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Blog: Doing research differently: imagining better communities in local and global contexts by Paul Ward

Posted on July 18 2017 in News & Updates

In June 2017, three Māori scholars visited Yorkshire to participate in an event in Rotherham organised by Imagine: Connecting Communities Through Research. This commentary is written after reflection by Paul Ward, professor of modern British history at the University of Huddersfield and one of the convenors of the event, and Milton Brown, community-based researcher and social entrepreneur with humanitarian values.

‘Doing research differently’, involved community-based researchers talking about their experiences of working with universities to generate knowledge that would enable them to imagine better futures and make them happen. The Māori perspective, and additional input from Susan Hyatt from Indiana University-Purdue University Indianapolis, brought an international perspective to what has been called the co-production of knowledge – university and community researchers working together.

The first three speakers were Milton Brown, Shabina Aslam and Zanib Rasool. Milton, who is also CEO of Kirklees Local TV, spoke about navigating black British experiences since the 1960s and the way in which his research had benefited from co-producing research with universities. Shabina, who is researching the dispersal of black and Asian children in schools in the 1960s and 1970s, explained her background in community theatres and arts programmes. Zanib, Development and Partnership Manager with Rotherham United Community Sports Trust, explored her experiences of working as a Pakistani-origin Muslim woman in Rotherham, and how this generated knowledge based on experience and situation.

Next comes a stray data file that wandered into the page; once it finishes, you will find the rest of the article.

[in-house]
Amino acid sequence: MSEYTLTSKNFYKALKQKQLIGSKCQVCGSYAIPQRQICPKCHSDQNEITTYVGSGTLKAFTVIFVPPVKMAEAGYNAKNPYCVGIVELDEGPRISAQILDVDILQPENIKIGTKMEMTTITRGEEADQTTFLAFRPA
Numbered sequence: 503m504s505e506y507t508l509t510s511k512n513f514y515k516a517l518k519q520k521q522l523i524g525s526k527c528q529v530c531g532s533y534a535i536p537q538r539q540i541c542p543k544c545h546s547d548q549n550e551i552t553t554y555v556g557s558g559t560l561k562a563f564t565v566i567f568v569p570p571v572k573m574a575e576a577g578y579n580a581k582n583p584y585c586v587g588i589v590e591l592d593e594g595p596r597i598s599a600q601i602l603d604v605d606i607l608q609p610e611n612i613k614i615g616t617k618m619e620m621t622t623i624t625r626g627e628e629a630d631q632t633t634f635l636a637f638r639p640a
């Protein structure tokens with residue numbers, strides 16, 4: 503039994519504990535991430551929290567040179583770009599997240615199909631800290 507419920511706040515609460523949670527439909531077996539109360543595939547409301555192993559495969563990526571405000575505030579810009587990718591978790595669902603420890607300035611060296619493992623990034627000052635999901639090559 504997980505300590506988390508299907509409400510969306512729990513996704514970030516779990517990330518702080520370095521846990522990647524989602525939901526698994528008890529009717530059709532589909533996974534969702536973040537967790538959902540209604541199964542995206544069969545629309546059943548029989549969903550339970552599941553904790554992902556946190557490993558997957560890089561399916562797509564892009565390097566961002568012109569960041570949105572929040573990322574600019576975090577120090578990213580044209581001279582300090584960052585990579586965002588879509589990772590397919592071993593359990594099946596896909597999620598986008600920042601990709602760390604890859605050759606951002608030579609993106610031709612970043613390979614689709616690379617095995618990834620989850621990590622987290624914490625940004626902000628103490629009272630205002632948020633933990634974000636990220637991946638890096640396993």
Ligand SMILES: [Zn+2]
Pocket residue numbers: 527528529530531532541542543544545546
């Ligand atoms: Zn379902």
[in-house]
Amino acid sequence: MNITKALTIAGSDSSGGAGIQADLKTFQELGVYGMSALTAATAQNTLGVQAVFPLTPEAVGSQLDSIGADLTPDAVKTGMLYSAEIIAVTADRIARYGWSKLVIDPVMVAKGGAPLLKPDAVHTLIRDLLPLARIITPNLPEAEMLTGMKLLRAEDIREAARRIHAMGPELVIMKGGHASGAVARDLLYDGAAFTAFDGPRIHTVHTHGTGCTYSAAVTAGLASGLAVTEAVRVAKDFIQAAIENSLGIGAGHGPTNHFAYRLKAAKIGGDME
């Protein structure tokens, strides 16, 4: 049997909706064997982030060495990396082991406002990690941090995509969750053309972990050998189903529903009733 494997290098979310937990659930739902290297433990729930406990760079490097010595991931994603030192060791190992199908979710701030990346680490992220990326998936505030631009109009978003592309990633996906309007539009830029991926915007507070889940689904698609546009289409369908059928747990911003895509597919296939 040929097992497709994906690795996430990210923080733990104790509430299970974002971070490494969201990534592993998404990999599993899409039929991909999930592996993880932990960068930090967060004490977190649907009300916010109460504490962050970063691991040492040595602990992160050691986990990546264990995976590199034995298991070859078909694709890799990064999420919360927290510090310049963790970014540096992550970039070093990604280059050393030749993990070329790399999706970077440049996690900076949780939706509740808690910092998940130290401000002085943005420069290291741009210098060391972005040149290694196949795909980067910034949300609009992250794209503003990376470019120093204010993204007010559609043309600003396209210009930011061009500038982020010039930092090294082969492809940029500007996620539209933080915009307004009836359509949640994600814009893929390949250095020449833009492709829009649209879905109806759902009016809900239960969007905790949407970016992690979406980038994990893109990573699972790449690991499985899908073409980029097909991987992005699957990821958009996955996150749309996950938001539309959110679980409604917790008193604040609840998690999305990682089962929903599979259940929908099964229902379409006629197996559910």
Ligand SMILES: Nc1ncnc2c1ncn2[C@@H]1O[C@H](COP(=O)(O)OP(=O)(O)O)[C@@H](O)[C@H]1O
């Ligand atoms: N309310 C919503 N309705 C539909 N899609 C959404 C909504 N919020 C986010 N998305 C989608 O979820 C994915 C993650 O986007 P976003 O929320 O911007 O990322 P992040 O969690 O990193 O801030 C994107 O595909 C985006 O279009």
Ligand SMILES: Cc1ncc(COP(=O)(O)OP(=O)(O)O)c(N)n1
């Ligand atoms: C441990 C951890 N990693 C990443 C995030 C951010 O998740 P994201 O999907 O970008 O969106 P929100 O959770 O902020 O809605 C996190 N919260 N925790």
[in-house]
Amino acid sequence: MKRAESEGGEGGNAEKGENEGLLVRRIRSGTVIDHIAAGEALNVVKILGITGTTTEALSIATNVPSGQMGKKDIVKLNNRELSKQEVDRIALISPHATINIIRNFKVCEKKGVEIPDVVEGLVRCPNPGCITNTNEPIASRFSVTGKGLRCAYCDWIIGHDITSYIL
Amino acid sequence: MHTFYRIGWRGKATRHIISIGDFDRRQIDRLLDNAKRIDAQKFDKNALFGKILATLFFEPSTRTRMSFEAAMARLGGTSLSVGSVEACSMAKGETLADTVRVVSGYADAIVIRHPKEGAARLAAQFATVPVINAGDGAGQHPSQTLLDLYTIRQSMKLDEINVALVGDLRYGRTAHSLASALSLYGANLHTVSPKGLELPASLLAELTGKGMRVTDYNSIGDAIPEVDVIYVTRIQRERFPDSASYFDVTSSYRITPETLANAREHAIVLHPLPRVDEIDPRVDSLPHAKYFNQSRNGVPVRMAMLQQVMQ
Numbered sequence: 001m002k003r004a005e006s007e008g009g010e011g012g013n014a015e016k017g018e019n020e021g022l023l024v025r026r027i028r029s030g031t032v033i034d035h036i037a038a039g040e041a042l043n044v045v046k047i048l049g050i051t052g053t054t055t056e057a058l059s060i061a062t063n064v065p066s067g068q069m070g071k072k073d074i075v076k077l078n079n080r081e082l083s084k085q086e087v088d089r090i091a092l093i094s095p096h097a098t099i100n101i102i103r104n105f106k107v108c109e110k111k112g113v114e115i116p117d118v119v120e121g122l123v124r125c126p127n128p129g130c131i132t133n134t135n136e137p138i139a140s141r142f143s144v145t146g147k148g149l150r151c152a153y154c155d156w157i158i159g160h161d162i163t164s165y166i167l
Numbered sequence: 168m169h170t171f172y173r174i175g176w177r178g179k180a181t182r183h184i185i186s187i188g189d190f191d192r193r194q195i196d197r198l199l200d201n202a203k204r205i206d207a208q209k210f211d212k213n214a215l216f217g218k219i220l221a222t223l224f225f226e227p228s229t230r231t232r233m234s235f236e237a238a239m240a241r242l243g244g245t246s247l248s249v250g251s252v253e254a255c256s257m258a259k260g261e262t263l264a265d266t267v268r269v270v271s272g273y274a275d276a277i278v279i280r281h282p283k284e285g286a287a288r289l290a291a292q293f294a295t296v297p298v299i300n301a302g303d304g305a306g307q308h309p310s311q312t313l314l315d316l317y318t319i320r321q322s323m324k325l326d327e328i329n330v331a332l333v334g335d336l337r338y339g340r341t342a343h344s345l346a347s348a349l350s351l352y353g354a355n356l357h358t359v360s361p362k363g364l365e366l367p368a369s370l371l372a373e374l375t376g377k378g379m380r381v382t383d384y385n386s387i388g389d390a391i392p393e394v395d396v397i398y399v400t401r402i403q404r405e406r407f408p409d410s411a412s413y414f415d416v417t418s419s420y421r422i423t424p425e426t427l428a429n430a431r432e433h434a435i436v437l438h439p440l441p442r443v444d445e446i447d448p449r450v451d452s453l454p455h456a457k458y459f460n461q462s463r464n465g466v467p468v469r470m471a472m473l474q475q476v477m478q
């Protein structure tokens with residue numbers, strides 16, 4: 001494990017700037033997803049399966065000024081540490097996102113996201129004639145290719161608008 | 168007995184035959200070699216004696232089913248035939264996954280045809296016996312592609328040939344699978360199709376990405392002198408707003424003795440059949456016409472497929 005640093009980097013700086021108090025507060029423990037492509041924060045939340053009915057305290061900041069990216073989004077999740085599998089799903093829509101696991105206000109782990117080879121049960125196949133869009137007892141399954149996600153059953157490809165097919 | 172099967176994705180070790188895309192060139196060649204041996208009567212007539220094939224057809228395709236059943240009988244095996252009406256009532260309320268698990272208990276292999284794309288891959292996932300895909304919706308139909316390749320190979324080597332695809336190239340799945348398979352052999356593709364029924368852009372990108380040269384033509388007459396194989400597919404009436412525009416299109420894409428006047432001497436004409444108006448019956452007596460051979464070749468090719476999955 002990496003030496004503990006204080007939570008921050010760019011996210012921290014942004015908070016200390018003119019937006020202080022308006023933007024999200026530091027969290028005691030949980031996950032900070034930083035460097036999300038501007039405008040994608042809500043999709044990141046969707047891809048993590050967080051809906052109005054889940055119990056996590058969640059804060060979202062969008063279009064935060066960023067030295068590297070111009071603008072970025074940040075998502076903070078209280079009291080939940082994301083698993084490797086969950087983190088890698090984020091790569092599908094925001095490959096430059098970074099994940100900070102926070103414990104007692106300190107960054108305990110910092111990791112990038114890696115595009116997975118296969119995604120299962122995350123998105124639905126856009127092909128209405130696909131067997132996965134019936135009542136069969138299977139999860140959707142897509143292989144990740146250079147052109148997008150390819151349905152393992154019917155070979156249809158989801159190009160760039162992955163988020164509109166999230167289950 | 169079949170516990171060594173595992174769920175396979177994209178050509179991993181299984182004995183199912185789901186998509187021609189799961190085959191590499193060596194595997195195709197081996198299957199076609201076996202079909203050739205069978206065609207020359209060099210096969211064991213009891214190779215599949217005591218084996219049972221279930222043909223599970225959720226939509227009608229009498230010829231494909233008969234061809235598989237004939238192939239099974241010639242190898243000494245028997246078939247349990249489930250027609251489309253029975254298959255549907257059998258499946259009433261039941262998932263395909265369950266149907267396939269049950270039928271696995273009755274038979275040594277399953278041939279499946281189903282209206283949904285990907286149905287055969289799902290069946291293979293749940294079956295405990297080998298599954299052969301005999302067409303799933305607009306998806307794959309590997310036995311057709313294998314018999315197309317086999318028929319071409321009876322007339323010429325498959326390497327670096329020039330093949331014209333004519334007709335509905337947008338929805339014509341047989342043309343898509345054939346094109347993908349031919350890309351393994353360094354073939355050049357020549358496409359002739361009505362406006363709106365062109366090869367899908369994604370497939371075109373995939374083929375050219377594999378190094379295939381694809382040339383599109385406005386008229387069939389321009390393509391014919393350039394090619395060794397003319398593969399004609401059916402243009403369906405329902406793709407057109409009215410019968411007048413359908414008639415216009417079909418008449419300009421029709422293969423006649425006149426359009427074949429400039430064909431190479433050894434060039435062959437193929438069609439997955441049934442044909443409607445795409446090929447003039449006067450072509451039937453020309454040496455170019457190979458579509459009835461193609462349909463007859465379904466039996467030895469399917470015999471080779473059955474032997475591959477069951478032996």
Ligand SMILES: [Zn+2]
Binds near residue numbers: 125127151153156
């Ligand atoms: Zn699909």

While all three speakers worked with universities (and were now undertaking PhDs) they also pointed to tensions – some basic, such as the need to extensively reference the work of other academics, to more serious structural inequalities in terms of race and ethnicity.

The Māori scholars explained how, in some cases in New Zealand, the boundaries between community and university had been collapsed. Ani Mikaere, who is an Academic Director at Te Wānanga-o-Raukawa, tasked with facilitating scholarship that restores and extends indigenous knowledge traditions. She talked about Te Wānanga-o-Raukawa, which is a tertiary education institution run by Māori and asked what happens when the community controls the academy? Nepia Mahuika (Senior Lecturer in History at the University of Waikato) explained how his tribe considered there to be a ‘basket of knowledge’ and that researchers from outside the Māori community needed to think about whether they were taking from the ‘basket’ or contributing to it. As he said, ‘Community research for us, then, consistently seeks to sustain our community, revitalise and return our people back to their culture and language.’ This was crucial, as Ani emphasised, because of the near destruction of the Māori people by colonisers. Nepia called for a systematic decolonisation of the academy, to ensure that it did not continue to inflict damage.

A clear and forceful message emerged about the need to think about values underpinning research. Rangimarie Mahuika (PhD student at the University of Waikato) talked about ‘the sacred role of researchers’ being ‘to listen, to learn and to facilitate.’ As Vine Deloria, Native American author and historian, has said to western scholars: ‘We talk, you listen.’